Evaluation of the Safety and Efficacy of a Low Fluence, Picopulsed, Alexandrite Laser in a Pico-Toning Technique With a Diffractive Lens Optic for the Treatment of Photodamage and Textural Improvement in â€œOff the Faceâ€ Applications
November 2016 | Volume 15 | Issue 11 | Original Article | 1398 | Copyright © November 2016
Raminder Saluja MD
SALUJA Cosmetic and Laser Center, Huntersville, NC
BACKGROUND: The diffractive optic coupled with a picosecond pulsed alexandrite laser has been shown to effectively minimize pigmen- tation while improving the appearance of textural irregularities and rhytides. We evaluated the safety and ef cacy of the diffractive optic laser treatment for off of the face applications including the hands and deÌcolletage in a pico-toning technique.
STUDY: 20 healthy female patients (40-70 years of age) were treated with a picosecond pulsed alexandrite laser with a diffractive lens. 10 of the patients were enrolled in a prospective hand assessment study (20 hands) while the remaining 10 subjects were enrolled in an IRB approved study treating photodamage of the deÌcolletage. Protocol for both groups included 4 treatments to the designated area with a picopulsed alexandrite laser with a diffractive lens on a 6mm handpiece delivering 0.71 j/cm2 with 10 hz repetition at 3 week intervals (+- 7 days) with follow up at 1 month and 3 months post fourth treatment using standardized digital photography.
RESULTS: Statistically signi cant improvement in the overall appearance of pigmentation, texture and rhytides were recorded at each sub- sequent visit and at 1 and 3 months post the nal laser treatment. Clinical photographs were evaluated from baseline to the final photo at 3 months post last laser treatment by the treating physician, patient, and an independent evaluator. All hand subjects and chest subjects showed improvement in all 3 areas which were found to be statistically signi cant. No adverse events occurred in either study group.
CONCLUSION: These study results show signi cant improvement in not only pigmentation, but in texture and rhytides in all subjects receiving pico-toning laser treatments to off of the face areas. The laser was well tolerated by all patients with no adverse effects. The use of a diffractive lens optic on a 6 mm xed spot size handpiece with a picopulsed alexandrite laser, in a pico-toning technique, provides a safe, low uence, yet effective treatment for not only pigment dyschromia but also textural irregularities and rhytides when treating the hands and deÌcolletage.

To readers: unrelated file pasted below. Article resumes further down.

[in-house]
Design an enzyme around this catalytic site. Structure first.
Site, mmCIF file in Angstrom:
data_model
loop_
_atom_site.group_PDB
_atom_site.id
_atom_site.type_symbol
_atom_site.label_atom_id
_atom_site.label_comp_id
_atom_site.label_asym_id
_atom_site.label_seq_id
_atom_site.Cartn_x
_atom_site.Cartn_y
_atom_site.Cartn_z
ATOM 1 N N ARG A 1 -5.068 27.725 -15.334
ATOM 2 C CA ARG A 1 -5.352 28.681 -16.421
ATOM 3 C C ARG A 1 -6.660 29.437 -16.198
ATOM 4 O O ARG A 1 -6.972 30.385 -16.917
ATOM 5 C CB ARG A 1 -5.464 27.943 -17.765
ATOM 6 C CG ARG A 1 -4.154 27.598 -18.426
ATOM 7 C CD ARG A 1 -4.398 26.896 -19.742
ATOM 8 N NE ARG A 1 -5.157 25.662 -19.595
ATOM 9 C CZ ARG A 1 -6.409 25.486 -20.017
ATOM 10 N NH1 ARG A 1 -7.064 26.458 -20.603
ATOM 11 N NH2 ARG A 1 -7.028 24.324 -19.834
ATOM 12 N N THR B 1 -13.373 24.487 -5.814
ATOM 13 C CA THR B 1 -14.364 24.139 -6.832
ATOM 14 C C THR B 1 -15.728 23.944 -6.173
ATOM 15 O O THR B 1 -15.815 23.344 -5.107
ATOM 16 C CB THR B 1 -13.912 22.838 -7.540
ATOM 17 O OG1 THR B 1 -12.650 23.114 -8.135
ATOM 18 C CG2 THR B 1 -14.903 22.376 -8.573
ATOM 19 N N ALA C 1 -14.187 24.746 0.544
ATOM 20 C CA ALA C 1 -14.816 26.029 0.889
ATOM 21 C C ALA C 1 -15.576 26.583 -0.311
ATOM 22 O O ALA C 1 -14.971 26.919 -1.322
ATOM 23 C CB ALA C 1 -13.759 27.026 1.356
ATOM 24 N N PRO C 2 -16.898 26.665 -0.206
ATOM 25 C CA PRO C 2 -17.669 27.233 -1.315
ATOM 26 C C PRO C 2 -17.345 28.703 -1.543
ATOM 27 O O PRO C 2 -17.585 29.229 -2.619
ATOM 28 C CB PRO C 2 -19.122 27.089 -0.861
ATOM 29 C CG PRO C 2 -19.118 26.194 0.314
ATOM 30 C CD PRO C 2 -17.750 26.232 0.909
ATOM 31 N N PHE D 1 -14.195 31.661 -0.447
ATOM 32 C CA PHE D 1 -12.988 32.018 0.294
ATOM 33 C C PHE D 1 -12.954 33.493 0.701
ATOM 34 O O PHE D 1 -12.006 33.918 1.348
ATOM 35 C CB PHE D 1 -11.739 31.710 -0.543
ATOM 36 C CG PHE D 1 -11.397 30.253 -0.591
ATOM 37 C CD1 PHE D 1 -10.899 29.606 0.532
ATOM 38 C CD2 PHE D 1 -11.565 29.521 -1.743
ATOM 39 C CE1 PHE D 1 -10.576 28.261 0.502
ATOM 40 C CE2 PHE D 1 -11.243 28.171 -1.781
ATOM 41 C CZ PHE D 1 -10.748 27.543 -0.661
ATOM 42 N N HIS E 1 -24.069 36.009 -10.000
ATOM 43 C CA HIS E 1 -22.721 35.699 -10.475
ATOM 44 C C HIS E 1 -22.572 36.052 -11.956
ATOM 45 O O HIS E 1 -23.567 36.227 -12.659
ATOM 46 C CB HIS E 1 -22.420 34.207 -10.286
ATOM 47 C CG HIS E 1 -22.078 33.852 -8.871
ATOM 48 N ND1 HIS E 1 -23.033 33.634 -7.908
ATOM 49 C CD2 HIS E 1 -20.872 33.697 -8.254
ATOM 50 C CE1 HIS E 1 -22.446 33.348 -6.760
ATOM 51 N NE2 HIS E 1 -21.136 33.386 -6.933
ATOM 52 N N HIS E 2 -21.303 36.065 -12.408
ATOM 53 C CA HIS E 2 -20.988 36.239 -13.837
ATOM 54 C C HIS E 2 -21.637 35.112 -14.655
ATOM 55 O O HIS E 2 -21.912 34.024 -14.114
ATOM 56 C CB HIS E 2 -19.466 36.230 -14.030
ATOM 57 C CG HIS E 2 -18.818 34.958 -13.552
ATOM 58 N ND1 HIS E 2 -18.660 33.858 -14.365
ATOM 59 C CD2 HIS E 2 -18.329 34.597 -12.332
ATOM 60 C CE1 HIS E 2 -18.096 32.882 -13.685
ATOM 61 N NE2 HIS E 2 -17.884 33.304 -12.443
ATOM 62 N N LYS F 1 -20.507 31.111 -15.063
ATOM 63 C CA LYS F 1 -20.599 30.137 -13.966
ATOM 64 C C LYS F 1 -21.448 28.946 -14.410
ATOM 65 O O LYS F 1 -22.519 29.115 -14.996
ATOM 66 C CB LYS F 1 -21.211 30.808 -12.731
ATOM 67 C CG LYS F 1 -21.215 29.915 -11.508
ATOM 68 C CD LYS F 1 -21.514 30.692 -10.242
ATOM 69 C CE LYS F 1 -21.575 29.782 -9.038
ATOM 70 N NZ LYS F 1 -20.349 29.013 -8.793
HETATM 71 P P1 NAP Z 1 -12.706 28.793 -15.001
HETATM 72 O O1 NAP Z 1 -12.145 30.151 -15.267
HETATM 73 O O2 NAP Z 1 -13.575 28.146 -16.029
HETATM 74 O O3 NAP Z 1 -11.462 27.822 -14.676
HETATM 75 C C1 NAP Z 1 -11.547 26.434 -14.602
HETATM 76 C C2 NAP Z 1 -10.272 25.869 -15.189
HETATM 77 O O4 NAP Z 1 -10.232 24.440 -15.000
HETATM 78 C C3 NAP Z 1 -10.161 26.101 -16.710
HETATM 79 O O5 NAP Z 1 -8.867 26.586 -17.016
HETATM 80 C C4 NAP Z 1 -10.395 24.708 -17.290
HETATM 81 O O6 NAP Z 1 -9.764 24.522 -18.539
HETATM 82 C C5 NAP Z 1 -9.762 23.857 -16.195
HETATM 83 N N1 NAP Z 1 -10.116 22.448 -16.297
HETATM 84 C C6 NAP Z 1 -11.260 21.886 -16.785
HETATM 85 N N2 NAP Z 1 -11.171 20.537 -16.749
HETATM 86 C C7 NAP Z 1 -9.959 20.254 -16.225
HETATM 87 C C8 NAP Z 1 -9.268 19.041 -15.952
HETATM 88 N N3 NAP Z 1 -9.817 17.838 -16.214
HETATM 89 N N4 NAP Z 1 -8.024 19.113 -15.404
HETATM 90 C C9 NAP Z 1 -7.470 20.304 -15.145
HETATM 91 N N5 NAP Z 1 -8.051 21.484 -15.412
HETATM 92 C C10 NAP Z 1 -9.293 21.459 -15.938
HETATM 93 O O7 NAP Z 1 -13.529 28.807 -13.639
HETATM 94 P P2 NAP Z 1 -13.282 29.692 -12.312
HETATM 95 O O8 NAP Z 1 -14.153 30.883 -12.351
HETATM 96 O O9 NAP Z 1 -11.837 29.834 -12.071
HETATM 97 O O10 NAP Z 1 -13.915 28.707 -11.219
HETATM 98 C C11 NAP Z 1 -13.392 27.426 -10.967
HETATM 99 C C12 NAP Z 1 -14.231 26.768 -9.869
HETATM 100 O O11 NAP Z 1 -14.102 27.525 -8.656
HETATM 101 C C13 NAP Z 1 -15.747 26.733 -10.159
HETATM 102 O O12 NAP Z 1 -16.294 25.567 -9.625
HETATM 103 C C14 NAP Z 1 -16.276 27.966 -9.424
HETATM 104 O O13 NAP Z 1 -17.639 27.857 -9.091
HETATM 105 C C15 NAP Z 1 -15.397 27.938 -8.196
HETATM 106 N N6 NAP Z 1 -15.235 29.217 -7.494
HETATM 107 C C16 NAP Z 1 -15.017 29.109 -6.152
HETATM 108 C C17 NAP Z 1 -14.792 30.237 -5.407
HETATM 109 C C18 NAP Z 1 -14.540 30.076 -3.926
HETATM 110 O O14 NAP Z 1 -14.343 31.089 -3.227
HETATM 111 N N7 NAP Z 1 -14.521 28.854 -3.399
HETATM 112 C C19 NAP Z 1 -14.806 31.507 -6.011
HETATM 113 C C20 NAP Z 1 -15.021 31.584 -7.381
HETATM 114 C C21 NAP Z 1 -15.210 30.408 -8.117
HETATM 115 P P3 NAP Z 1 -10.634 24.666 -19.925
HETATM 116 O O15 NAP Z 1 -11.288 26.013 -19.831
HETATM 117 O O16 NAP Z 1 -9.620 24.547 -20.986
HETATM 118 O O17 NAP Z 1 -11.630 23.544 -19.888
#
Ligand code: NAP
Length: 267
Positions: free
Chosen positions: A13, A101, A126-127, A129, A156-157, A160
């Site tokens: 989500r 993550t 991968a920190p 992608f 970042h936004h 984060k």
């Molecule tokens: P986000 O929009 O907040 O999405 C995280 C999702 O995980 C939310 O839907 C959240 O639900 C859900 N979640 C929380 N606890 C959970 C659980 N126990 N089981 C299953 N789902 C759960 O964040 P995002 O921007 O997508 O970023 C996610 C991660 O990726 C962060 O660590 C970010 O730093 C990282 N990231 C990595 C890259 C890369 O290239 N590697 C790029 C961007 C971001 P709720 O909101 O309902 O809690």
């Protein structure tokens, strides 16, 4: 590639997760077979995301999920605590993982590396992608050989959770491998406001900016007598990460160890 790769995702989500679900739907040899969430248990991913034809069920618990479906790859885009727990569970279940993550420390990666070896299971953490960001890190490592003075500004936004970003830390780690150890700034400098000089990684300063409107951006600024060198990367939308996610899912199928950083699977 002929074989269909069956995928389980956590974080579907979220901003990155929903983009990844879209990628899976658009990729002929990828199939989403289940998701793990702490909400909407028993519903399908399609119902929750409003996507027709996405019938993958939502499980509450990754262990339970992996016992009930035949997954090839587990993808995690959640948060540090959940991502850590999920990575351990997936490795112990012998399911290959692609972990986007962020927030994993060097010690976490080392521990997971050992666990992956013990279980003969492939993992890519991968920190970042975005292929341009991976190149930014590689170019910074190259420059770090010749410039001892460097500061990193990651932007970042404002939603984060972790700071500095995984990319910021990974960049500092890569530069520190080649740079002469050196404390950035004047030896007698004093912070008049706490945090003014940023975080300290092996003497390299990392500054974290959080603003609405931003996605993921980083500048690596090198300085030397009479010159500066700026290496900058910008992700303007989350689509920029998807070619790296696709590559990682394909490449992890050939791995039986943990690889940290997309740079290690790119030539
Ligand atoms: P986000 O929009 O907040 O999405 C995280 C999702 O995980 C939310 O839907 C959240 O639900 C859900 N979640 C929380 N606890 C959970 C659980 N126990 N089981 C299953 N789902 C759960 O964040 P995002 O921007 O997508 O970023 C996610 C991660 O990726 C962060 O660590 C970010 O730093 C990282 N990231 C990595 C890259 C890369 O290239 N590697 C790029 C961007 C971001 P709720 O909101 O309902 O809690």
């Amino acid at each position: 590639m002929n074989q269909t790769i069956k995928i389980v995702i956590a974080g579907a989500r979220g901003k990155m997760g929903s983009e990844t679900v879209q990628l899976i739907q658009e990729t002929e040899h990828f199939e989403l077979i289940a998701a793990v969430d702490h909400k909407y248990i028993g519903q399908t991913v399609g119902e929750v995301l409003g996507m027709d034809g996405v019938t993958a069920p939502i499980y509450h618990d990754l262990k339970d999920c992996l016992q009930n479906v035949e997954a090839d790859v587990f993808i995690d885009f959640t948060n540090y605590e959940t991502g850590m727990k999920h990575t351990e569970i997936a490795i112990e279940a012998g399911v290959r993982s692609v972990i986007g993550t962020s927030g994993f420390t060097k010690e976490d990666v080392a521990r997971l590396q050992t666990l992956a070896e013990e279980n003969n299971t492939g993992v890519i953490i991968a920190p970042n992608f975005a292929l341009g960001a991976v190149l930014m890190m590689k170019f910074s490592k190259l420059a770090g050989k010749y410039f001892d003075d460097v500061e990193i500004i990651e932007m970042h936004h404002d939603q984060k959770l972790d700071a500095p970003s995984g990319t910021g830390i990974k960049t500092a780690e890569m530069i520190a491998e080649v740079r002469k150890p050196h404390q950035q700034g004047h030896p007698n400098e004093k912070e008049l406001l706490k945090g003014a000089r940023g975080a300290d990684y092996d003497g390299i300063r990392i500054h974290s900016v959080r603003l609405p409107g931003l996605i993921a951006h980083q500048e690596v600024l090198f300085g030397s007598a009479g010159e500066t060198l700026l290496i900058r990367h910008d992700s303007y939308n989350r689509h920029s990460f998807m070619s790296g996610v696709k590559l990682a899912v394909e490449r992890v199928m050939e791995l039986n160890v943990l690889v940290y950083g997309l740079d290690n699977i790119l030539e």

J Drugs Dermatol. 2016;15(11):1398-1401.
The first picosecond laser was FDA approved in 2012 for the treatment of tattoos and benign pigmentation. Over the next year, adaptations to the laser included the development of a novel diffractive lens array which redistributes light into a multitude of high fluence, focused spots embedded in a low fluence background. These high fluence spots deliver 20 x greater fluence then the low powered background, thus enabling a robust treatment for photorejuvenation while minimizing subsequent adverse effects. This is thought to be partially achieved through the creation of a photoacoustic wave, and the subsequent production of LIOBs (laser induced optical breakdown), which constitutes one of the multiple entities occurring in the skin which research physicians are just beginning to unravel and understand. The link between the presence of the LIOB and the improvement in not only pigmentation, but also dermal collagen, may be a leading factor associated with the benefit of pico-toning in skin revitalization.The concept of laser toning is not new. In the past, the use of Q-switched neodymium-doped yttrium aluminum garnet laser (QS:YAG) has gained popularity for facial rejuvenation, especially in the Asian population.1,2 Laser toning has been primarily focused on the face, due in part to the fact that while off the face applications with low fluence QS:YAG modalities could diminish pigmentation, they could not match the visual improvement of rhytid reduction and textural improvement as seen on facial applications. A recent published article established the safety and efficacy with the use of a picosecond pulsed laser for the décolletage.3 The purpose of our study was to evaluate the efficacy and safety profile for the improvement of pigmentation, skin texture, and rhytid reduction for off of the face applications with a low fluence, pico-toning technique utilizing a diffractive lens optic.
MATERIALS AND METHODS
Twenty healthy female patients aged 40-70 (mean age 55.25) with Fitzpatrick skin type II to IV were treated. Ten of the patients